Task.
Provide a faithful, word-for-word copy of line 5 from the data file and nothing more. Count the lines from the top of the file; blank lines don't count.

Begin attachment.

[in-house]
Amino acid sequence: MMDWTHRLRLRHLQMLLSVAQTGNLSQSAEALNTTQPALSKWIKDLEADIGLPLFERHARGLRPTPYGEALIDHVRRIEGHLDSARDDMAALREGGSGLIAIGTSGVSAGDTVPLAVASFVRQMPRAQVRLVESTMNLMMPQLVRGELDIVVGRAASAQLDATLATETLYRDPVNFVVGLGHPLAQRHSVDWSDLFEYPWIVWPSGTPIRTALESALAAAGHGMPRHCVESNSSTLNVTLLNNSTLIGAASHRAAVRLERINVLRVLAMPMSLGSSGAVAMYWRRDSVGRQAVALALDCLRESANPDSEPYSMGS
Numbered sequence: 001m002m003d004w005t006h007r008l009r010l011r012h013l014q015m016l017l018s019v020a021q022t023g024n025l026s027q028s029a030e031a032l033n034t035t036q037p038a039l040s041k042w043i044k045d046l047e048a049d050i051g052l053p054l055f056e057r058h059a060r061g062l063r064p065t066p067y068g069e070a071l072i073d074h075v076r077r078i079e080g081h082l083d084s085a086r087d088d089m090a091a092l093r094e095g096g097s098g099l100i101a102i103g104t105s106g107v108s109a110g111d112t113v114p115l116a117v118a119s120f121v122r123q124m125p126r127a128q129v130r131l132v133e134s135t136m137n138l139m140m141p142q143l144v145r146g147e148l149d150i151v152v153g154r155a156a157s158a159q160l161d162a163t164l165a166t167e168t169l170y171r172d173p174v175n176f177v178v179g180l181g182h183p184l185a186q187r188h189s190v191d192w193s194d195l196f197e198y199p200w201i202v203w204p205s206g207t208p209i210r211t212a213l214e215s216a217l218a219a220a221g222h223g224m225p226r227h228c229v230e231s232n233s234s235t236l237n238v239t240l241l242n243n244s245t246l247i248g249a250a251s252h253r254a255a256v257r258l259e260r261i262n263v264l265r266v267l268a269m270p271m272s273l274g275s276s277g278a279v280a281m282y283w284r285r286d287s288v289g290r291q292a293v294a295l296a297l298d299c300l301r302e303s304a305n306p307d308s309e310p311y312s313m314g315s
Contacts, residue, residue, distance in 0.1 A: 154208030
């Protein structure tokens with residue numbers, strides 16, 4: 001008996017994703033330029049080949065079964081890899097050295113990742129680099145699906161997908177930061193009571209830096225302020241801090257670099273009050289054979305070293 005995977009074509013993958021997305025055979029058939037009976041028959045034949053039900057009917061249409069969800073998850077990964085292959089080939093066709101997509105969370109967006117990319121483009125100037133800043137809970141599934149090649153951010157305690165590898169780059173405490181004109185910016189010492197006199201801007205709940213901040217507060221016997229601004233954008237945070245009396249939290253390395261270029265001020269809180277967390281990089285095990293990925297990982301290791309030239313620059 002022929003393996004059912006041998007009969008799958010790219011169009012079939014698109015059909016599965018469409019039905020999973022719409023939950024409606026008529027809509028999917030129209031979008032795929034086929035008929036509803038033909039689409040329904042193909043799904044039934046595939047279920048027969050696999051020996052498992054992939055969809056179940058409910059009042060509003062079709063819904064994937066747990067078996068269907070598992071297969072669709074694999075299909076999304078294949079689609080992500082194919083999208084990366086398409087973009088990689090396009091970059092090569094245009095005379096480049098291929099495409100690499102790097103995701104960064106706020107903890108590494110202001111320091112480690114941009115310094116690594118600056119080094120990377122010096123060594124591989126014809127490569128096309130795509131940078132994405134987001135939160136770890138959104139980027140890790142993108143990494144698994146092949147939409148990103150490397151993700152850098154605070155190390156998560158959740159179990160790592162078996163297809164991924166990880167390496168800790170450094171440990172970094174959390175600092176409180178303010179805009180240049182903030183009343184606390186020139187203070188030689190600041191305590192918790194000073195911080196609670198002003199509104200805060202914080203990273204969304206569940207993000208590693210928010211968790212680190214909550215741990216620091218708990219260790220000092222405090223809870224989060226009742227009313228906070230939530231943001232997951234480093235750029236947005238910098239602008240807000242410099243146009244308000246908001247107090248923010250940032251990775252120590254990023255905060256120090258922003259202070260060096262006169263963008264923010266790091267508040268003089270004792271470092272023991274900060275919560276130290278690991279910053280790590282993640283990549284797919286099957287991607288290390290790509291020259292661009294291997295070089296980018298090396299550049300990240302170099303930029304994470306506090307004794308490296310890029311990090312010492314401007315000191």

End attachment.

């Protein structure tokens with residue numbers, strides 16, 4: 001008996017994703033330029049080949065079964081890899097050295113990742129680099145699906161997908177930061193009571209830096225302020241801090257670099273009050289054979305070293 005995977009074509013993958021997305025055979029058939037009976041028959045034949053039900057009917061249409069969800073998850077990964085292959089080939093066709101997509105969370109967006117990319121483009125100037133800043137809970141599934149090649153951010157305690165590898169780059173405490181004109185910016189010492197006199201801007205709940213901040217507060221016997229601004233954008237945070245009396249939290253390395261270029265001020269809180277967390281990089285095990293990925297990982301290791309030239313620059 002022929003393996004059912006041998007009969008799958010790219011169009012079939014698109015059909016599965018469409019039905020999973022719409023939950024409606026008529027809509028999917030129209031979008032795929034086929035008929036509803038033909039689409040329904042193909043799904044039934046595939047279920048027969050696999051020996052498992054992939055969809056179940058409910059009042060509003062079709063819904064994937066747990067078996068269907070598992071297969072669709074694999075299909076999304078294949079689609080992500082194919083999208084990366086398409087973009088990689090396009091970059092090569094245009095005379096480049098291929099495409100690499102790097103995701104960064106706020107903890108590494110202001111320091112480690114941009115310094116690594118600056119080094120990377122010096123060594124591989126014809127490569128096309130795509131940078132994405134987001135939160136770890138959104139980027140890790142993108143990494144698994146092949147939409148990103150490397151993700152850098154605070155190390156998560158959740159179990160790592162078996163297809164991924166990880167390496168800790170450094171440990172970094174959390175600092176409180178303010179805009180240049182903030183009343184606390186020139187203070188030689190600041191305590192918790194000073195911080196609670198002003199509104200805060202914080203990273204969304206569940207993000208590693210928010211968790212680190214909550215741990216620091218708990219260790220000092222405090223809870224989060226009742227009313228906070230939530231943001232997951234480093235750029236947005238910098239602008240807000242410099243146009244308000246908001247107090248923010250940032251990775252120590254990023255905060256120090258922003259202070260060096262006169263963008264923010266790091267508040268003089270004792271470092272023991274900060275919560276130290278690991279910053280790590282993640283990549284797919286099957287991607288290390290790509291020259292661009294291997295070089296980018298090396299550049300990240302170099303930029304994470306506090307004794308490296310890029311990090312010492314401007315000191």